- The Washington Times - Tuesday, March 12, 2013

Byron, Maine, voters said no to a proposal that would have mandated all homeowners in the town to stow a gun and ammunition inside their houses.

In the end, even the local government official who proposed the measure voted against it, CNN reported. But she vows to reintroduce it, reworked and fine-tuned.

“We had some great ideas and great conversations. I think we will come back with a more comprehensive ordinance, maybe stronger wording for exemptions,” said Selectwoman Anne Simmons-Edmunds, in the CNN report.

Even some gun owners balked at the mandate.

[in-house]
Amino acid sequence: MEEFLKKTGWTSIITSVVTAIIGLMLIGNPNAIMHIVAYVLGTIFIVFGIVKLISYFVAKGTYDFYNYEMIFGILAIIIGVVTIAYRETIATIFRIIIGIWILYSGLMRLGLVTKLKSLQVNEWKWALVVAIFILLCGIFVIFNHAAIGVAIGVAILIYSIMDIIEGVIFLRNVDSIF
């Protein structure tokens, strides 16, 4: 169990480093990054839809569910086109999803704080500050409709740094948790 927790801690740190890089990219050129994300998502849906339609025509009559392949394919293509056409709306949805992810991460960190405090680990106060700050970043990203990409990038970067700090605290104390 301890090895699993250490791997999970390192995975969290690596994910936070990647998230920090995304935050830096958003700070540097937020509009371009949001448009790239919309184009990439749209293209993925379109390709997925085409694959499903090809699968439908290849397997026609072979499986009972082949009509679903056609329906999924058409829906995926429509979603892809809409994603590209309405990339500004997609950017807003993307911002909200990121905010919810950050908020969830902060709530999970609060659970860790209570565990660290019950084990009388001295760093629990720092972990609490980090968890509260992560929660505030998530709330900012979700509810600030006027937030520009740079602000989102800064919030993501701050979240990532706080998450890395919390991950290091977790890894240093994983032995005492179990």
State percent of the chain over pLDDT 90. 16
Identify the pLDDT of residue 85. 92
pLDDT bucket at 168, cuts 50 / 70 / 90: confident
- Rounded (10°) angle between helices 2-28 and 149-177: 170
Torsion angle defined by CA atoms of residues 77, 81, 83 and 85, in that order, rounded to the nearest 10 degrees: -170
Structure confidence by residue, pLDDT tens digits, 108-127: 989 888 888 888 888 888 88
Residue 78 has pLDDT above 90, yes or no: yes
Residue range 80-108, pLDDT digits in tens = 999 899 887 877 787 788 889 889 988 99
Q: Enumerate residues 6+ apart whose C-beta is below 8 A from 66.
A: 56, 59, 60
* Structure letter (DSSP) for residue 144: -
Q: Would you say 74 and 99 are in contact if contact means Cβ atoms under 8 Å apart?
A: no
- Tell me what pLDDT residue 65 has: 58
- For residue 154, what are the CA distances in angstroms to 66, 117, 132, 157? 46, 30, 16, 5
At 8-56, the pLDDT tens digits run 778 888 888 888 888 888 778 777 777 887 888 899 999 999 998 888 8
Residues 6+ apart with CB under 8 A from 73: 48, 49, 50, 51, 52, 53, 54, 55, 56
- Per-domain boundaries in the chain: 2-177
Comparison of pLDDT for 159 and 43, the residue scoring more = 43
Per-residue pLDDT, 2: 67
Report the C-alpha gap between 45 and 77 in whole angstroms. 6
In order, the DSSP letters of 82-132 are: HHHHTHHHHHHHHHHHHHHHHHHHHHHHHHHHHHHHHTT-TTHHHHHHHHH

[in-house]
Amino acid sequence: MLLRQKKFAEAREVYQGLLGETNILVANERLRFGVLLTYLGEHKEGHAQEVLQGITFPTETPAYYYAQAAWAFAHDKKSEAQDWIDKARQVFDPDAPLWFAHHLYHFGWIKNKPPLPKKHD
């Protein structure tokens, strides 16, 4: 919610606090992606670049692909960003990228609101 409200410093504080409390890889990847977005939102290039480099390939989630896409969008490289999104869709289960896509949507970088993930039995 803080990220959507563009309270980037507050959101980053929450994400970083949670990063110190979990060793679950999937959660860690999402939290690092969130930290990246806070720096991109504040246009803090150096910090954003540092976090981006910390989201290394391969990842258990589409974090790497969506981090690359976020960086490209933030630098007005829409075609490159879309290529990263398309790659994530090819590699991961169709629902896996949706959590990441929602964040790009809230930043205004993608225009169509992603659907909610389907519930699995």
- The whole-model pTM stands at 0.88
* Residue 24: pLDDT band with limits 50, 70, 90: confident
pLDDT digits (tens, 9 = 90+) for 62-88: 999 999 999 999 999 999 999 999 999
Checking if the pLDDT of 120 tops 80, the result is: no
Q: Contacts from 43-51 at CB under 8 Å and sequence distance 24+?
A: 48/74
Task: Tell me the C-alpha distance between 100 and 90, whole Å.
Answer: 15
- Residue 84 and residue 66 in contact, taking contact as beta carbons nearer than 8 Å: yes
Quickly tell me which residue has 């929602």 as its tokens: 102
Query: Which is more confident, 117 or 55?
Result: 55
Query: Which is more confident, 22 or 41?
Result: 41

State senator and National Rifle Association member John Patrick said to CNN that the proposal was “too much,” and unnecessary, “especially in a small town.” Byron has about 140 residents.

But such proposals aren’t exactly fringe. Kennesaw, Ga., residents passed a mandate in 1982 that all households store a firearm and ammunition. And just last week, Nelson, Ga., town officials passed the same requirement on to voters to decide. The council will decide its fate in April, CNN reports.

Look west and Spring City, Utah, government officials approved a resolution that encourages, rather than outright requires, homeowners to own a weapon — and offered city buildings to be used to train gun owners to shoot, CNN says,



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